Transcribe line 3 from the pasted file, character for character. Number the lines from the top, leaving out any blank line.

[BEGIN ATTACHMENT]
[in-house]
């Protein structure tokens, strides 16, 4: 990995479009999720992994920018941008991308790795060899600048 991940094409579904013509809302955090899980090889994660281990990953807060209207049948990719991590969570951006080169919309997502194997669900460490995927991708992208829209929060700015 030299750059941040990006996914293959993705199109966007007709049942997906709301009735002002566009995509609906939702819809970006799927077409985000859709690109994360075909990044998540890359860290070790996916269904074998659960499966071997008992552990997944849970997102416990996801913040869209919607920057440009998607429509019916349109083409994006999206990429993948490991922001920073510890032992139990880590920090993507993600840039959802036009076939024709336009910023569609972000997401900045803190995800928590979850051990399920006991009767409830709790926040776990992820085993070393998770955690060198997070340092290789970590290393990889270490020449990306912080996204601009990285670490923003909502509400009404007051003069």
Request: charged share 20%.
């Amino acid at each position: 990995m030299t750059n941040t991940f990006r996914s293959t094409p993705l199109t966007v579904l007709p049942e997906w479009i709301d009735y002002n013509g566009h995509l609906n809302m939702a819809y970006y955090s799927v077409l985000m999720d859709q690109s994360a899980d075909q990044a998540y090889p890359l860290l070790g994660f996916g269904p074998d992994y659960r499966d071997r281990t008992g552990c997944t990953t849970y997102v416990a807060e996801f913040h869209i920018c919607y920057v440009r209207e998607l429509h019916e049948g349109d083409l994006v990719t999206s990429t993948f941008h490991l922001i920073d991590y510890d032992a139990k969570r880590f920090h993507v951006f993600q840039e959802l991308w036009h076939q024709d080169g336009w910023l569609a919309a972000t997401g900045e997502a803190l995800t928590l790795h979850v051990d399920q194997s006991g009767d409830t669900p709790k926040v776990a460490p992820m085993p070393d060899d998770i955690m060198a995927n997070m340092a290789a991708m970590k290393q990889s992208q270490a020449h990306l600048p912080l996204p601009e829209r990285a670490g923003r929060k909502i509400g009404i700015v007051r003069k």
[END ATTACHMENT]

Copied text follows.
Request: charged share 20%.